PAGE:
Erin H. Bugbee

Erin H. Bugbee

Cognitive Decision Science PhD Student at Carnegie Mellon

Carnegie Mellon University

Biography

I am currently a PhD student in the Department of Social & Decision Sciences at Carnegie Mellon University. In Summer 2022, I will be an Applied Scientist Intern at Amazon Science and AWS AI on the Machine Learning University Team. In my research, I study how humans learn and make sequential decisions from experience, and I do so by building computational cognitive models of human decision making and through behavioral experimentation.

Visit my Academic website.
Download my CV.

Interests
  • Sequential Decision Making
  • Human and Machine Learning
  • Computational Social Science
Education
  • PhD Cognitive Decision Science, 2025

    Carnegie Mellon University

  • MS Social and Decision Sciences, 2022

    Carnegie Mellon University

  • ScB Statistics with Honors, 2020

    Brown University

  • AB Behavioral Decision Sciences, 2020

    Brown University

Skills

Statistics
R
Python

Experience

 
 
 
 
 
Applied Scientist Intern
May 2022 – Present Seattle, WA
AWS AI, Machine Learning University
 
 
 
 
 
Graduate Researcher
Sep 2020 – Present Pittsburgh, PA
PI: Cleotilde Gonzalez. Studying sequential decision making through behavioral experimentation and cognitive modeling.
 
 
 
 
 
President
Sep 2019 – May 2020 Providence, RI
Led team of students and organized annual Brown Datathon and data science workshops.
 
 
 
 
 
Undergraduate Researcher
Sep 2019 – Sep 2020 Providence, RI
PI: Steven Sloman. Studied trust in machines in the workplace through behavioral experimentation.
 
 
 
 
 
Undergraduate Researcher
Jan 2019 – May 2020 Providence, RI
PI: Matthew Nassar. Used reinforcement learning models to understand how place field remapping might be used to improve learning in dynamic environments through simulations of the multi-armed bandit task.
 
 
 
 
 
Sales Analytics & Insights Intern
May 2019 – Aug 2019 Orlando, FL
Parks, Experiences, and Consumer Products
 
 
 
 
 
Explore Intern
May 2018 – Aug 2018 Redmond, WA
Microsoft Support Engineering Group, Cloud & AI Platform
 
 
 
 
 
Undergraduate Researcher
Jun 2017 – Aug 2017 Providence, RI
Applied techniques from topological data analysis to music information retrieval.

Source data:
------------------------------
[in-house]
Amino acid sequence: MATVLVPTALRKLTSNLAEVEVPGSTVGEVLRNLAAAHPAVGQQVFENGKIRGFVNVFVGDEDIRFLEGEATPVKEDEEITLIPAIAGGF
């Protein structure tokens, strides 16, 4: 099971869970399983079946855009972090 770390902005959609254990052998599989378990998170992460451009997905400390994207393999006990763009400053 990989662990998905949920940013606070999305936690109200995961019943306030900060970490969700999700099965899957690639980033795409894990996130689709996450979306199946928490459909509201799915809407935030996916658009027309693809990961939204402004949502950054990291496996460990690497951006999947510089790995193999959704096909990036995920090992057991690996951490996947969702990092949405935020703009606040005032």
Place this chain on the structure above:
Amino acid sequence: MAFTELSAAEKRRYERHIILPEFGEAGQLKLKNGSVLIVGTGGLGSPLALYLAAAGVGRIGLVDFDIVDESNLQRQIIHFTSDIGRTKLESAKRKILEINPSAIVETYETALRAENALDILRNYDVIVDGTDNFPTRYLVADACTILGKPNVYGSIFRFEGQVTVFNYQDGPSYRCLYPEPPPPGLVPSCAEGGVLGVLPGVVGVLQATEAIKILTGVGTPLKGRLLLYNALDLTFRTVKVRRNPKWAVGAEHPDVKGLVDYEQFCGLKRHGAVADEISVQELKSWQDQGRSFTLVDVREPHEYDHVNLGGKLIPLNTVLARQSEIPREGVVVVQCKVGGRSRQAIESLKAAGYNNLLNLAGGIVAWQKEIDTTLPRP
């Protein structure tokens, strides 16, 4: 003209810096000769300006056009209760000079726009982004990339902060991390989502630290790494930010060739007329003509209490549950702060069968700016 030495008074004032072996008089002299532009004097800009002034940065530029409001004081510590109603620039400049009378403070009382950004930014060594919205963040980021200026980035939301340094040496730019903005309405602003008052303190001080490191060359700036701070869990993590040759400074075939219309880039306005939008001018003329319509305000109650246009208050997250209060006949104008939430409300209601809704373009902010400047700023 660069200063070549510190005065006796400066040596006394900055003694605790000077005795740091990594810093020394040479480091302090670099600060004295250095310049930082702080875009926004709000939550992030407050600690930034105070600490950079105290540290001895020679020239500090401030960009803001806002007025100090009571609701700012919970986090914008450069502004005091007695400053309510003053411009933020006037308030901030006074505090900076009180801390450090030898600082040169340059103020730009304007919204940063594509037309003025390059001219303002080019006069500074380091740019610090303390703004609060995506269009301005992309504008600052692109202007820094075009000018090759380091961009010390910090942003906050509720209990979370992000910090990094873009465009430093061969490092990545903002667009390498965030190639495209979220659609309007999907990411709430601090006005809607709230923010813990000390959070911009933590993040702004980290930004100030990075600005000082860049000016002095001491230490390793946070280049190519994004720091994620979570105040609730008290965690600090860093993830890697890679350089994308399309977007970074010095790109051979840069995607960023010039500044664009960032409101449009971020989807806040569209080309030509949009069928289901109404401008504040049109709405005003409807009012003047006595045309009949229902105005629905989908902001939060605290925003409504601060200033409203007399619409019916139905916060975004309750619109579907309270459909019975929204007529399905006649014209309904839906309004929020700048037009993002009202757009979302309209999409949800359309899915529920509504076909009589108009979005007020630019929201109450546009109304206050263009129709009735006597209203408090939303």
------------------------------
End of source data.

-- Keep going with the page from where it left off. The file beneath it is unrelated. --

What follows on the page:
Recent Publications

(2021). Hipsters and the Cool: A Game Theoretic Analysis of Identity Expression, Trends and Fads. Psychological Review.

Cite OSF DOI

(2021). Diverse Experience Leads to Improved Adaptation: An Experiment with a Cognitive Model of Learning. Virtual MathPsych/ICCM 2021.

PDF Video

(2020). SuPP and MaPP: Adaptable Structure-Based Representations for MIR Tasks. In ISMIR.

Cite PDF DOI Code Poster

(2018). SE and SnL Diagrams: Flexible Data Structures for MIR. In ISMIR.

Cite PDF DOI

News

2022

First-author paper accepted to the Cognitive Science 2022 Conference, titled “Making Predictions Without Data: How an Instance-Based Learning Model Predicts Sequential Decisions in the Balloon Analog Risk Task.”

Featured in a press release on our paper: Emily is so 2000: Research explores why popular baby names come and go.

2021

Passed Ph.D. qualifying exams.

2020

Started a Ph.D. in Cognitive Decision Science in the Department of Social and Decision Sciences at Carnegie Mellon University.

Graduated Magna Cum Laude from Brown University with a Bachelor of Science with Honors in Statistics and a Bachelor of Arts in Behavioral Decision Sciences. Won the Thesis Award for Statistics and the Premium for Excellence in Behavioral Decision Sciences.

Featured in the Meeting Street Podcast: The History and Science of Virtual Reality, Cogut Institute for the Humanities at Brown University.

Won the American Statistical Association StatsGrad Award.

2019

Interviewed by the Brown Department of Computer Science regarding Computer Science for Societal Good.

2018

Featured by the Brown Data Science Initiative regarding my experiences in data science, titled “The Wonderful World of Women in Data Science."

Presented our paper at the International Society for Music Information Retrieval in Paris, France.

Won the Outstanding Poster Award at the Joint Mathematics Meetings.

Teaching

Carnegie Mellon University

  • Thinking in Person vs. Thinking Online, Prof. Danny Oppenheimer (Fall 2020)

Brown University

  • NEUR 1660: Neural Computations in Learning and Decision Making (Spring 2020)
  • CSCI 0100: Data Fluency for All, Head Teaching Assistant (Fall 2019)
  • CLPS 0220: Making Decisions (Spring 2019)
  • CSCI 1951A: Data Science (Spring 2019)
  • PHP 1501: Essentials of Data Analysis (Fall 2018)
  • APMA 1655: Statistical Inference I (Fall 2018)
  • CSCI 0100: Data Fluency for All (Fall 2017)